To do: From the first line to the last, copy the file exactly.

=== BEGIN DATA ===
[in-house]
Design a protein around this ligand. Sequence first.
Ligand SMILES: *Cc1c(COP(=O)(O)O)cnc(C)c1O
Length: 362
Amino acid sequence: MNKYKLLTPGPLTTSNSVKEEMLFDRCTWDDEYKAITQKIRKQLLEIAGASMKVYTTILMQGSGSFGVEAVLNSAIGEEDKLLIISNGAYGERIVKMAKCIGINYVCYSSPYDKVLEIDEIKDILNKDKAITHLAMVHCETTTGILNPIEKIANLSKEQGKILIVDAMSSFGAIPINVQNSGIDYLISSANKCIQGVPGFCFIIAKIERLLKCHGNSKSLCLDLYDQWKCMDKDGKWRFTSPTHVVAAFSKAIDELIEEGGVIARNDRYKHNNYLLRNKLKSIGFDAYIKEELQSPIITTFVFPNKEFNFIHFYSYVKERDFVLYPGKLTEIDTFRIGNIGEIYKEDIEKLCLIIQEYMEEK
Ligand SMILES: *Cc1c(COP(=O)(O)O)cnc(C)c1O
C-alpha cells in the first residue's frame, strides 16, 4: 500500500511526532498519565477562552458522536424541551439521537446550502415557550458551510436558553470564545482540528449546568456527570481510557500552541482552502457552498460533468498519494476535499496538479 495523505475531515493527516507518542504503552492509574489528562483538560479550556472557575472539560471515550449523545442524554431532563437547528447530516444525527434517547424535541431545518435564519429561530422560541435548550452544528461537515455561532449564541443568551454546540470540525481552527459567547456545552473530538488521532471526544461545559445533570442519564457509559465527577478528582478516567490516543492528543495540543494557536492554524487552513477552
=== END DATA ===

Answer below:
[in-house]
Design a protein around this ligand. Sequence first.
Ligand SMILES: *Cc1c(COP(=O)(O)O)cnc(C)c1O
Length: 362
Amino acid sequence: MNKYKLLTPGPLTTSNSVKEEMLFDRCTWDDEYKAITQKIRKQLLEIAGASMKVYTTILMQGSGSFGVEAVLNSAIGEEDKLLIISNGAYGERIVKMAKCIGINYVCYSSPYDKVLEIDEIKDILNKDKAITHLAMVHCETTTGILNPIEKIANLSKEQGKILIVDAMSSFGAIPINVQNSGIDYLISSANKCIQGVPGFCFIIAKIERLLKCHGNSKSLCLDLYDQWKCMDKDGKWRFTSPTHVVAAFSKAIDELIEEGGVIARNDRYKHNNYLLRNKLKSIGFDAYIKEELQSPIITTFVFPNKEFNFIHFYSYVKERDFVLYPGKLTEIDTFRIGNIGEIYKEDIEKLCLIIQEYMEEK
Ligand SMILES: *Cc1c(COP(=O)(O)O)cnc(C)c1O
C-alpha cells in the first residue's frame, strides 16, 4: 500500500511526532498519565477562552458522536424541551439521537446550502415557550458551510436558553470564545482540528449546568456527570481510557500552541482552502457552498460533468498519494476535499496538479 495523505475531515493527516507518542504503552492509574489528562483538560479550556472557575472539560471515550449523545442524554431532563437547528447530516444525527434517547424535541431545518435564519429561530422560541435548550452544528461537515455561532449564541443568551454546540470540525481552527459567547456545552473530538488521532471526544461545559445533570442519564457509559465527577478528582478516567490516543492528543495540543494557536492554524487552513477552